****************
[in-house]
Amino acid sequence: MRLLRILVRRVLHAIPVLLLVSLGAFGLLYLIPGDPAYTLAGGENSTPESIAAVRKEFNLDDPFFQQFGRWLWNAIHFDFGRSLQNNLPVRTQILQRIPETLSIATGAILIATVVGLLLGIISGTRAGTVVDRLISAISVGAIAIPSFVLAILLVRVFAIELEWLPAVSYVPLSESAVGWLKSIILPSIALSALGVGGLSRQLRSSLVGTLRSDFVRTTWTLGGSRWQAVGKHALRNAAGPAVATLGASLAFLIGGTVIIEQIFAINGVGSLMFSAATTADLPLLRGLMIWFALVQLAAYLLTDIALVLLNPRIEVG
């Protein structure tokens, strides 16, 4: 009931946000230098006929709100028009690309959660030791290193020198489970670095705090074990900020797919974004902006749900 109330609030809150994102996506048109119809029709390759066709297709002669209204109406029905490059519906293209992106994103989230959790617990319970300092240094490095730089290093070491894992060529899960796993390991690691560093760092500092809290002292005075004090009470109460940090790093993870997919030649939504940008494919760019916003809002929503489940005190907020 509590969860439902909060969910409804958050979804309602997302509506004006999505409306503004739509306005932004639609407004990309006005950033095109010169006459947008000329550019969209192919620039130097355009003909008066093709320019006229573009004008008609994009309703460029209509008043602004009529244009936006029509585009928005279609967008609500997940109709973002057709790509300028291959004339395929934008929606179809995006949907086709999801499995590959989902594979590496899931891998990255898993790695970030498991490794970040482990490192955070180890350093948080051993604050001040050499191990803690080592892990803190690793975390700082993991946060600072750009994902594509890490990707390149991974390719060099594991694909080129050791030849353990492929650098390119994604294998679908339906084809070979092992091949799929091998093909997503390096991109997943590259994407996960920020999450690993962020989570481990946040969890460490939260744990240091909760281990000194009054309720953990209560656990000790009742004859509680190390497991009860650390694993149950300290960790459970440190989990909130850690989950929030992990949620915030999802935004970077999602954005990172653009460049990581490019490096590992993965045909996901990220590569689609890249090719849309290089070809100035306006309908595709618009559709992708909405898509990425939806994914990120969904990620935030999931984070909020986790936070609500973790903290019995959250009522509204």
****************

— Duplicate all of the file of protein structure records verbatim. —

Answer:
[in-house]
Amino acid sequence: MRLLRILVRRVLHAIPVLLLVSLGAFGLLYLIPGDPAYTLAGGENSTPESIAAVRKEFNLDDPFFQQFGRWLWNAIHFDFGRSLQNNLPVRTQILQRIPETLSIATGAILIATVVGLLLGIISGTRAGTVVDRLISAISVGAIAIPSFVLAILLVRVFAIELEWLPAVSYVPLSESAVGWLKSIILPSIALSALGVGGLSRQLRSSLVGTLRSDFVRTTWTLGGSRWQAVGKHALRNAAGPAVATLGASLAFLIGGTVIIEQIFAINGVGSLMFSAATTADLPLLRGLMIWFALVQLAAYLLTDIALVLLNPRIEVG
């Protein structure tokens, strides 16, 4: 009931946000230098006929709100028009690309959660030791290193020198489970670095705090074990900020797919974004902006749900 109330609030809150994102996506048109119809029709390759066709297709002669209204109406029905490059519906293209992106994103989230959790617990319970300092240094490095730089290093070491894992060529899960796993390991690691560093760092500092809290002292005075004090009470109460940090790093993870997919030649939504940008494919760019916003809002929503489940005190907020 509590969860439902909060969910409804958050979804309602997302509506004006999505409306503004739509306005932004639609407004990309006005950033095109010169006459947008000329550019969209192919620039130097355009003909008066093709320019006229573009004008008609994009309703460029209509008043602004009529244009936006029509585009928005279609967008609500997940109709973002057709790509300028291959004339395929934008929606179809995006949907086709999801499995590959989902594979590496899931891998990255898993790695970030498991490794970040482990490192955070180890350093948080051993604050001040050499191990803690080592892990803190690793975390700082993991946060600072750009994902594509890490990707390149991974390719060099594991694909080129050791030849353990492929650098390119994604294998679908339906084809070979092992091949799929091998093909997503390096991109997943590259994407996960920020999450690993962020989570481990946040969890460490939260744990240091909760281990000194009054309720953990209560656990000790009742004859509680190390497991009860650390694993149950300290960790459970440190989990909130850690989950929030992990949620915030999802935004970077999602954005990172653009460049990581490019490096590992993965045909996901990220590569689609890249090719849309290089070809100035306006309908595709618009559709992708909405898509990425939806994914990120969904990620935030999931984070909020986790936070609500973790903290019995959250009522509204």